While we were invited to stay the night in the cabins, it was agreed that we would head back toward Crater Lake and find a place to spend the night there instead. We were happy with our haul and left, after a cold shower courtesy of the mine owners. 

On the way back, we spotted something in the road: Three giant forms were hunched over something. I initially thought it was vultures on a rabbit but soon realized as we got closer that they were actually golden eagles - two adults and a young male. 

The young male flew in front of our truck for twenty yards or so, his black-and-white tail within an arm’s reach ahead of our windshield the entire time. Soon, he banked to the left and was gone, but I remained ecstatic about the close encounter for a long while. I had never seen a young golden eagle like that before; only the adults at the nest in Redmond. 

The road we took back was familiar. It took me a while to realize why until we passed a sign that said “Summer Hot Springs”. I had been here before, on the way home from Burning Man with Now is All You Have in 2011. Andrew and I spent a few hours in the pools since no one else was there. We watched the sun set across the desert and then jumped back in the truck to find a place to crash for the night.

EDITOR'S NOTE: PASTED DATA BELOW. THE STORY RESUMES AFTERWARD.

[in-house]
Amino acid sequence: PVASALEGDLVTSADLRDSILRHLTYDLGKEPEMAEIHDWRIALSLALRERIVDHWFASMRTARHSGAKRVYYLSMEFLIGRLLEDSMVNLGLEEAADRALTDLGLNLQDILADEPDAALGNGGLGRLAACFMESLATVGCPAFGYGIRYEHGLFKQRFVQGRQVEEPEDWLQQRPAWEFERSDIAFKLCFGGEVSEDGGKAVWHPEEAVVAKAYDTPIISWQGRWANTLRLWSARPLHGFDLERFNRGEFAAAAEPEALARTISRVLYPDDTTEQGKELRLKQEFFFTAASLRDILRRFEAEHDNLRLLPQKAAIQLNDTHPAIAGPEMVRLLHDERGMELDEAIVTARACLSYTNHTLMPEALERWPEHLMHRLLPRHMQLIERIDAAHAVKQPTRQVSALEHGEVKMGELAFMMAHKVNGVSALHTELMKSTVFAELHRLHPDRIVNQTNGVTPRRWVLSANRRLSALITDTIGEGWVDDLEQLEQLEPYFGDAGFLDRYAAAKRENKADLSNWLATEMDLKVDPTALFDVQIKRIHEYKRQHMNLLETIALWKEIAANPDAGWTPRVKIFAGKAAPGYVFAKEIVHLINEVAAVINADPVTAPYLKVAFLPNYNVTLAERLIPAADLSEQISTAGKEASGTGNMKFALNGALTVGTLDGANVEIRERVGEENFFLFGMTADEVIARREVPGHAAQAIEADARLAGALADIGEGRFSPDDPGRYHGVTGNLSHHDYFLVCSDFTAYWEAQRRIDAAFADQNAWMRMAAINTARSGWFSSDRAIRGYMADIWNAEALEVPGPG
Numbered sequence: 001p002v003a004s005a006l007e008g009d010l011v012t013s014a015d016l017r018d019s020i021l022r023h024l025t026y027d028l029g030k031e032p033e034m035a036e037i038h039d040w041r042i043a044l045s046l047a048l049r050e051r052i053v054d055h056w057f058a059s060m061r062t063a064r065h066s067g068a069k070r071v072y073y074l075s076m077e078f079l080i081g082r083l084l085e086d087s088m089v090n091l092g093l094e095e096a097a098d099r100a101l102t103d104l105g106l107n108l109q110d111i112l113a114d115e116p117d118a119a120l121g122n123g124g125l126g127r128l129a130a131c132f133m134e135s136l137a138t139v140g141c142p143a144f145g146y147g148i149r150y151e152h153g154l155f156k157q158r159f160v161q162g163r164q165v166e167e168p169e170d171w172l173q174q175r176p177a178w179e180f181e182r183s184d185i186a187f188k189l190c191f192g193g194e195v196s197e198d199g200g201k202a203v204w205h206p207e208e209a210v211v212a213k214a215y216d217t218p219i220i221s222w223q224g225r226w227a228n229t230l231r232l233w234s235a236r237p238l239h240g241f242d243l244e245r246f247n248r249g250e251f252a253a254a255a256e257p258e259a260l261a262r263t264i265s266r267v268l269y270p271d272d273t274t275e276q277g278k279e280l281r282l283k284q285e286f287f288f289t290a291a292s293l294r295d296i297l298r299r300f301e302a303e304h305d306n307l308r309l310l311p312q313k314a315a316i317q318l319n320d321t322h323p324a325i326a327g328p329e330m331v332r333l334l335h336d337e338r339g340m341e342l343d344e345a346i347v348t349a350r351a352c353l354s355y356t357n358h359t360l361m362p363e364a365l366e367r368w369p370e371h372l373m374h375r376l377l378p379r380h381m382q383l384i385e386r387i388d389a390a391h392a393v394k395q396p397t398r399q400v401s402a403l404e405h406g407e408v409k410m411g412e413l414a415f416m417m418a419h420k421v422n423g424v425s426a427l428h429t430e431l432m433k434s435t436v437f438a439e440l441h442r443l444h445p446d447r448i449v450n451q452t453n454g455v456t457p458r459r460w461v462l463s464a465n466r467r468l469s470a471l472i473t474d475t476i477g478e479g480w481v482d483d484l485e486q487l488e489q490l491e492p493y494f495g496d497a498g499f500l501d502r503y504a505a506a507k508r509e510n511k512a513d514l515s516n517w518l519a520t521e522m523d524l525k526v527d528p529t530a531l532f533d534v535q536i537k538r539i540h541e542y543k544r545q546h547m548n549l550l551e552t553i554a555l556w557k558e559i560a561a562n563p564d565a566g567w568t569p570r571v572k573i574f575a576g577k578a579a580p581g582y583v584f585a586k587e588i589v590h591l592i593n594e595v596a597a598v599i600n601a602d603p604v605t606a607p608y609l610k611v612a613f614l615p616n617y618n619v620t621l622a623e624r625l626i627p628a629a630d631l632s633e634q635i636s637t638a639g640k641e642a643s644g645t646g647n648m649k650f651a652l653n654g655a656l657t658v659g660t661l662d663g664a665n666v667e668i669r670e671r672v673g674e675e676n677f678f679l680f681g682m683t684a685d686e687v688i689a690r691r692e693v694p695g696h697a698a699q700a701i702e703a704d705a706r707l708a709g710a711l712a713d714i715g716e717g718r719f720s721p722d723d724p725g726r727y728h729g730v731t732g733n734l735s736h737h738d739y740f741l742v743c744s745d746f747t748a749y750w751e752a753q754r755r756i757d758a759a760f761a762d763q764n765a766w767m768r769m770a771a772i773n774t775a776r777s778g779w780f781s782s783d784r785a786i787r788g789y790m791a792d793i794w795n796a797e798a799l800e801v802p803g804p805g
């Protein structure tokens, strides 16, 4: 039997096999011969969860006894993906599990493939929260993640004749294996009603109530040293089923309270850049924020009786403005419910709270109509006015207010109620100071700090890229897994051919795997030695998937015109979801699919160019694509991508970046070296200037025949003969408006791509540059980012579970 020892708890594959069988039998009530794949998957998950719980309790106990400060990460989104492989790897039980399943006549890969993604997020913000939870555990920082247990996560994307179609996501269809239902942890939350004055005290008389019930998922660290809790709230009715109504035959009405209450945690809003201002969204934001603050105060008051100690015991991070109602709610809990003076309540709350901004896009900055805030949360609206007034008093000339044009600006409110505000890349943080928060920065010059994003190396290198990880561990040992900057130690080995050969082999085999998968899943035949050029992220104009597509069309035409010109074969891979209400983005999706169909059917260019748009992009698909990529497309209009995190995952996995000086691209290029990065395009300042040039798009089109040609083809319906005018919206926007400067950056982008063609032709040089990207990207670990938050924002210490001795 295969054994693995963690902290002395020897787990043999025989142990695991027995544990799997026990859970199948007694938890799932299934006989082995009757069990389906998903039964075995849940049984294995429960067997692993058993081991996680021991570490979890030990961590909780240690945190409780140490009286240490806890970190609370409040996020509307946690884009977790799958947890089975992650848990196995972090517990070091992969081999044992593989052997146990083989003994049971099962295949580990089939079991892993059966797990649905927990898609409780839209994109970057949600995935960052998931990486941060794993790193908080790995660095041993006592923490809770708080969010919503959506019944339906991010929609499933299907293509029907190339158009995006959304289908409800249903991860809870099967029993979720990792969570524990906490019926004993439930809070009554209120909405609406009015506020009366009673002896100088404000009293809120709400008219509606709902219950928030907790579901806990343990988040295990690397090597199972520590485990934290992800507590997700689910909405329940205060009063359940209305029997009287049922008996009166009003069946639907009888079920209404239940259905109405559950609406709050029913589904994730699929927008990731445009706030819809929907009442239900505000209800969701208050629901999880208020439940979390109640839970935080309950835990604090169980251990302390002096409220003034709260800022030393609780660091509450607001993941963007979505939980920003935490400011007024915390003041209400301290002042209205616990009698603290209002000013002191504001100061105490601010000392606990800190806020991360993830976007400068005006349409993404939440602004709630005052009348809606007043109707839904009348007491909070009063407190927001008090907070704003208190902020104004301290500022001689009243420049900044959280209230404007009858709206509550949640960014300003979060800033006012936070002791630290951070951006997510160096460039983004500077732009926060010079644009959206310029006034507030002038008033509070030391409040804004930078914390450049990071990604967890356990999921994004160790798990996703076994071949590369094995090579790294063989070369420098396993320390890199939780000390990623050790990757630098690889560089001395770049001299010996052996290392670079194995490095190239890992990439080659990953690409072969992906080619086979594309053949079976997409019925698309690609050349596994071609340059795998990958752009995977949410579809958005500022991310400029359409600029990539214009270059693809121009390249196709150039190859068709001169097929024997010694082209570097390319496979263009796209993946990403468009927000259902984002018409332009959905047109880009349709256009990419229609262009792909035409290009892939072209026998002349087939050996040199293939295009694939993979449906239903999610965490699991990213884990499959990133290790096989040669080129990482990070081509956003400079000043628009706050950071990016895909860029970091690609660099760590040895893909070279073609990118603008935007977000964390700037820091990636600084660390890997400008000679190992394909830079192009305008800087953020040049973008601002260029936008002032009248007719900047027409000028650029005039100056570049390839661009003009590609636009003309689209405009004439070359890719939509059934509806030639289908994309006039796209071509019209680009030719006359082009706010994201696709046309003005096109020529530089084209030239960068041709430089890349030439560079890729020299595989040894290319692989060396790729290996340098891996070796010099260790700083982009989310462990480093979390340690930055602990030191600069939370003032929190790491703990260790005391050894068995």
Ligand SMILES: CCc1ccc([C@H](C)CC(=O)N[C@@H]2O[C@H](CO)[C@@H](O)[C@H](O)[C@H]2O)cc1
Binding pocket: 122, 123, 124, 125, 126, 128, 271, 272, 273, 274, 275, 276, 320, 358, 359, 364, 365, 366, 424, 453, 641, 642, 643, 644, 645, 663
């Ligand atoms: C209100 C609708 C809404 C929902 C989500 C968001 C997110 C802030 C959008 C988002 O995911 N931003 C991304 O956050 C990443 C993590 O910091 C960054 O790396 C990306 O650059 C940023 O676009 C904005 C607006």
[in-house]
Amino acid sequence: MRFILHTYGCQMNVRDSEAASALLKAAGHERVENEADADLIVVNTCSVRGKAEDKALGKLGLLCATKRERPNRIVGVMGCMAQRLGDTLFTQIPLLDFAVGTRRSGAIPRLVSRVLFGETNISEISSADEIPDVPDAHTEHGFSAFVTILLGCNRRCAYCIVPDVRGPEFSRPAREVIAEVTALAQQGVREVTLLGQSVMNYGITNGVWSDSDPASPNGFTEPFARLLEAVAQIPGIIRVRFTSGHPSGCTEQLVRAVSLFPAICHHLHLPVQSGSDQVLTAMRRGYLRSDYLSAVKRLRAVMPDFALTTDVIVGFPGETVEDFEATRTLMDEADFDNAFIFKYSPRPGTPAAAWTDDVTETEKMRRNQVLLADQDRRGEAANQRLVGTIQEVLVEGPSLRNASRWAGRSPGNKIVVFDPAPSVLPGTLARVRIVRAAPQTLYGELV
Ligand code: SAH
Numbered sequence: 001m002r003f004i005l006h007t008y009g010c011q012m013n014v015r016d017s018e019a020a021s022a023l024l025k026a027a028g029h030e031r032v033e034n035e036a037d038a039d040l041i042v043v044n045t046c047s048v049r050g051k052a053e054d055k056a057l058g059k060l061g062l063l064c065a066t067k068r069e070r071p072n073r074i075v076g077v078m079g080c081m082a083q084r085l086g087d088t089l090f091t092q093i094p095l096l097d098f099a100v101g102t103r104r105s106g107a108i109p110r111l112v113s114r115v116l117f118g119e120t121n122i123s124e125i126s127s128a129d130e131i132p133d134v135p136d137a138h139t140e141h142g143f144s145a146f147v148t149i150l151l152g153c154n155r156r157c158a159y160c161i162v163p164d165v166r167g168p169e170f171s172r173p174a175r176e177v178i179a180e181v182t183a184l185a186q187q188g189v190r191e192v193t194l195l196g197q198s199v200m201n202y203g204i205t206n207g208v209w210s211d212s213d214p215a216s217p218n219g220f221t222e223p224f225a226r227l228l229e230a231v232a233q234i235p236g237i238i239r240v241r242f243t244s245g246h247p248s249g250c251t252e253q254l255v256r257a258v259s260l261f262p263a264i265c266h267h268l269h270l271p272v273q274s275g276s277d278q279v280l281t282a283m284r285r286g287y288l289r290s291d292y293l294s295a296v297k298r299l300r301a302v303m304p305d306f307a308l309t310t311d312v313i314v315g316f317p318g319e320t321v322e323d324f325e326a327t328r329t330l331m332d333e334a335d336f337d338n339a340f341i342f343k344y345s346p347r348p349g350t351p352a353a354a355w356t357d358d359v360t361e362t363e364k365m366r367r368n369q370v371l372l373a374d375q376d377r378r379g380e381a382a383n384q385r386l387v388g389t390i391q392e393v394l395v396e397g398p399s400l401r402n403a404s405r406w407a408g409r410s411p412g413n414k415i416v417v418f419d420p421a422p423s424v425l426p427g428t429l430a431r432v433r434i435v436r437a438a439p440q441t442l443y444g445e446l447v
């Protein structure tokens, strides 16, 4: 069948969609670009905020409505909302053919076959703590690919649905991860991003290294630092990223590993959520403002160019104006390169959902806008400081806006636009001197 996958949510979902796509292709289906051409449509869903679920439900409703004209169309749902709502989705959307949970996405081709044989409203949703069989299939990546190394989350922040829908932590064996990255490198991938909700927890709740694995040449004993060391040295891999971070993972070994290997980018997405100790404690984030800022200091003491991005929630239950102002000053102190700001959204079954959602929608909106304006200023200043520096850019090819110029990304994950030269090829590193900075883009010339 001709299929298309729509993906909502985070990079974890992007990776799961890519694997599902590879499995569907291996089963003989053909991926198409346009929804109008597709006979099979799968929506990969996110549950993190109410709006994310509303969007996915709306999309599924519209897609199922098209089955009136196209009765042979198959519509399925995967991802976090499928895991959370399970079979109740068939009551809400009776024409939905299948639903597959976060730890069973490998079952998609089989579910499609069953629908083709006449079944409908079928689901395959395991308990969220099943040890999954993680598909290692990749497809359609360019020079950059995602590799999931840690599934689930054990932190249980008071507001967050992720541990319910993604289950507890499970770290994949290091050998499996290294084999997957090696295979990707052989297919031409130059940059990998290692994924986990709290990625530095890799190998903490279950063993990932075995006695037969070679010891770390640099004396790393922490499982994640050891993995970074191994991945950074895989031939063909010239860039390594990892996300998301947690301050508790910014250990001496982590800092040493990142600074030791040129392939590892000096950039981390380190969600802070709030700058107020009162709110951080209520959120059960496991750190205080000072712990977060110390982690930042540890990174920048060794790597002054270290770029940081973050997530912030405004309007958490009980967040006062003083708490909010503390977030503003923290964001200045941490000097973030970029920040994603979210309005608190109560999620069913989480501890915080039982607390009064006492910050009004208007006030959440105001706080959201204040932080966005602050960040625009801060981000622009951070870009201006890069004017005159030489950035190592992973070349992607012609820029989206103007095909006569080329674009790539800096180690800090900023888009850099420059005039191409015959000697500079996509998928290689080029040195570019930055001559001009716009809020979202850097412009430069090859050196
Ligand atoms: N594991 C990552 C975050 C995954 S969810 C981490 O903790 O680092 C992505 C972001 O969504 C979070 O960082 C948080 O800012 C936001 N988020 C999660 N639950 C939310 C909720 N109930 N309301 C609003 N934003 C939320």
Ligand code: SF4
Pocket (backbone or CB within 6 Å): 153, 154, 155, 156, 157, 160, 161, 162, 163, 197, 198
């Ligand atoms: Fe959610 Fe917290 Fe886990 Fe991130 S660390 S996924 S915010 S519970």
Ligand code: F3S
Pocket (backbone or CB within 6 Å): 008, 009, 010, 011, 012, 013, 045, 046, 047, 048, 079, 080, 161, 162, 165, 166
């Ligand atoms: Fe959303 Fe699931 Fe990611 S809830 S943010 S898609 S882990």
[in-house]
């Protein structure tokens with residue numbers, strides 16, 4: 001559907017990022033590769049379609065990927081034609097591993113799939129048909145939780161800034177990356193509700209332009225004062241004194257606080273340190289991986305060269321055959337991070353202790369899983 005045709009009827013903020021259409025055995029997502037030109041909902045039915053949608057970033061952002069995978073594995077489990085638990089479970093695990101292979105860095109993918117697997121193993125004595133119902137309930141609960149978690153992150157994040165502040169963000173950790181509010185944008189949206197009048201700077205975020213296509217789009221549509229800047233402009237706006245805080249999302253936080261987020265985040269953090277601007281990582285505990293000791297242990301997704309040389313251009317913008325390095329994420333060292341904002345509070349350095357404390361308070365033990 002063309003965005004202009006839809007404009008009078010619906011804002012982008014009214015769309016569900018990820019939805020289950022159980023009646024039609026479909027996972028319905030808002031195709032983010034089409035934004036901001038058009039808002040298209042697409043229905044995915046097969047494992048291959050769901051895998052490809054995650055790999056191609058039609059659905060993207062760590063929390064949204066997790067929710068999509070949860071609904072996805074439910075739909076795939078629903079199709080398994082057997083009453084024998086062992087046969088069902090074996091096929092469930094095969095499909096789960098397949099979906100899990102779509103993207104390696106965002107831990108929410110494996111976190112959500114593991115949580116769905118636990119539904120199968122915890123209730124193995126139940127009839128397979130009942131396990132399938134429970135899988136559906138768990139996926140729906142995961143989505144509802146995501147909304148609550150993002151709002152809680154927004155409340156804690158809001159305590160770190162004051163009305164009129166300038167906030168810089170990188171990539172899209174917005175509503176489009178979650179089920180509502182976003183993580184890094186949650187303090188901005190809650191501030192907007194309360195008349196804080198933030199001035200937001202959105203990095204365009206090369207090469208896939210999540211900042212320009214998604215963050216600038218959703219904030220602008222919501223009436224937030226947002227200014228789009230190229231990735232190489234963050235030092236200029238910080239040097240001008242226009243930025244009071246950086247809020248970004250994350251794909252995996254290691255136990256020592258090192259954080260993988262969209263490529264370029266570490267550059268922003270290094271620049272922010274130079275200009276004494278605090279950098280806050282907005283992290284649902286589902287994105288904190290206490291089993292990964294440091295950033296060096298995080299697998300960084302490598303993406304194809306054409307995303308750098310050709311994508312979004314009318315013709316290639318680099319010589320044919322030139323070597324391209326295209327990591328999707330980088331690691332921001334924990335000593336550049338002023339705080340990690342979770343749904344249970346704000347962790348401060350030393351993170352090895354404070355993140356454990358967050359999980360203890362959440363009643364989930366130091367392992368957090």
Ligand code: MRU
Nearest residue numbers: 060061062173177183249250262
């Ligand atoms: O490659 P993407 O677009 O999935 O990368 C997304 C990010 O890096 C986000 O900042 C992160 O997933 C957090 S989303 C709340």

We ended up at a back road in Bend. Deer were everywhere despite the hunting season and we nearly hit a few. But off the beaten trail, we made camp and slept through the night undisturbed. We headed home the next morning, but stopped at a fish hatchery near Redmond, where an employee showed all the taxidermy at their education center and let us feed the fish. When he opened the freezer to ladle up their food for us, I saw two huge mule deer heads on the floor with hunting tags wrapped around their antlers. One was a classic dark brown, but the other was the palest mule deer I had ever seen. It was not albino - it was beige in color, like a mountain lion, even on the brow and lip line - but I found it strange that even the antlers themselves were an orange-yellow hue. For those interested, THIS is about the closest image I could find to what I saw in that freezer. 

Near the fish hatchery was a stream full of spawning salmon, which Andrew and I watched for a while before continuing on. We stopped one last time about a half-hour outside of Amity to talk to a guy at a butcher’s shop about hides. He said he had all the hides I could want if I could come and pick them up. I left my name and number and furbuyer’s license information for him. He said he’d be working on ten llamas on the 11th, and that I could have any or all the of the skins I wanted from them. Later, he said, he would have deer and elk for me to work with, too. 

We purchased some sausage to cook for dinner and then finally made it back to Amity, where we showered again and then crashed on the bed with the cat.